Once it became evident that Australia had lost a considerable number of citizens in the incident (28 citizens, with another 9 non-citizen residents, bringing Australia’s total loss to 37), the Abbott government lost no time in pointing the finger at pro-Russian forces in eastern Ukraine*, mentioning them in a statement delivered to Parliament on Friday last week and referring to the incident as a crime. With the loss of Australian lives and no-one admitting culpability in bringing the aircraft down, the Abbott government decided to name Russian President Vladimir Putin as the one person who could both convince the armed groups in eastern Ukraine to allow inspectors to visit the crash site and secure proper treatment of the remains. Moreover, Australia was in no mood to delve into semantics with Russia over who was or wasn’t responsible for the incident, quickly moving a resolution in the UN Security Council for a full investigation into the incident and proper treatment of the remains of the victims.
In terms of Japan’s reaction, Foreign Minister Kishida stated on Friday evening that Japan had offered its condolences to those countries whose citizens had been lost in the incident, and that it had called on all countries related to the incident to co-operate in any initiative that might be launched in relation to MH17 (J). Japan, for its part, would offer whatever assistance necessary.
While Japan has no direct stake in the investigation, it did take a stance against Russia at the G7 leaders meeting in Brussels in June, expressing Japan’s support for the Ukrainian government of President Petro Poroshenko and calling on Russia to co-operate in a constructive way to resolve the crisis in eastern Ukraine (J).
This action was reported at the time as being particularly courageous of PM Abe, given that his government was in negotiations with Putin at the time for talks to begin on the transfer of the Sakhalin Islands back to Japanese sovereignty, the signing of a formal treaty ending WWII hostilities between Russia and Japan, and discussing Russian gas exports to Japan. Clearly the Abe government came to same conclusion as many other countries in the vicinity of Russia – that trust of the Putin government could only be taken so far, and that it was better to side with other democracies in their condemnation of Russia’s behaviour than to continue with a perceived neutrality towards an enigmatic government with a history of ignoring international protocols and which is growing ever closer to China.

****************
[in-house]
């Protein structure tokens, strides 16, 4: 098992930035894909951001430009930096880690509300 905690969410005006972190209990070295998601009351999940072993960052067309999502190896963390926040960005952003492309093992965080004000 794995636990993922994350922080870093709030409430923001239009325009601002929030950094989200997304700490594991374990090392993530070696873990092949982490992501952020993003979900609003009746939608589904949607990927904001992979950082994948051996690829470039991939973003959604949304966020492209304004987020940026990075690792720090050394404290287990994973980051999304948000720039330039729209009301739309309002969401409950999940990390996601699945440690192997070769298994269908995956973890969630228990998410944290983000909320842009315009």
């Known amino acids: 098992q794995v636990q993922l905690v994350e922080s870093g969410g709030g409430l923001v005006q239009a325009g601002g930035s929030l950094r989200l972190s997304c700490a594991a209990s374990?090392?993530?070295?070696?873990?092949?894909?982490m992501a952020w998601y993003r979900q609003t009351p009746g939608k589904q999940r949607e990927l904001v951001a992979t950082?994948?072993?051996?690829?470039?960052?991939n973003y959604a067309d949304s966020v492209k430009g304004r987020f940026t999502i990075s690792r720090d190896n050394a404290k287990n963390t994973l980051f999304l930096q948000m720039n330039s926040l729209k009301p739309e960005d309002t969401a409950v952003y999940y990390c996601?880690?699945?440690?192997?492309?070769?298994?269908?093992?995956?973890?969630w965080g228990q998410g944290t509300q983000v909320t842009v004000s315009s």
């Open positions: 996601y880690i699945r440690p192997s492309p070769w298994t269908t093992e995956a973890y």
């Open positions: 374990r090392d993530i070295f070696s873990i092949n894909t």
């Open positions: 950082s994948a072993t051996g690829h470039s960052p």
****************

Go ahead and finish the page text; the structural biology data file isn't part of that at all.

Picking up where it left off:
Nonetheless, as this particular interview indicates (J), the Abe government still hopes to create a dialogue with Putin over the northern territories question and is still planning to host Putin in a visit to Japan in or around September or October. If Putin agrees to the international investigation of the cause of the crash of MH17, and is able to convince the pro-separatist forces in eastern Ukraine not to interfere with the investigation, then he may gain enough credit in Japan’s eyes for further dialogue to continue.
The US, however, would be less than enthusiastic for Japan to make any concessions to Putin at this stage, especially as it is attempting to convince the international community that Putin aims to destabilise the order that has kept a relative peace in Europe since the end of the Cold War. Abe may go his own way in relations with Russia as he has previously overlooked US objections to his own nationalistic bent, but given the emphasis Abe has placed on America’s importance to Japan’s security environment, particularly in relation to China, for Abe to suddenly disregard Washington’s concerns would not go down well inside the Beltway.
*Canada’s Foreign Minister John Baird was even more blunt about who was responsible for the incident, saying “The Kremlin may not have pulled the trigger but it certainly loaded the gun and put it in the murderers’ hands”.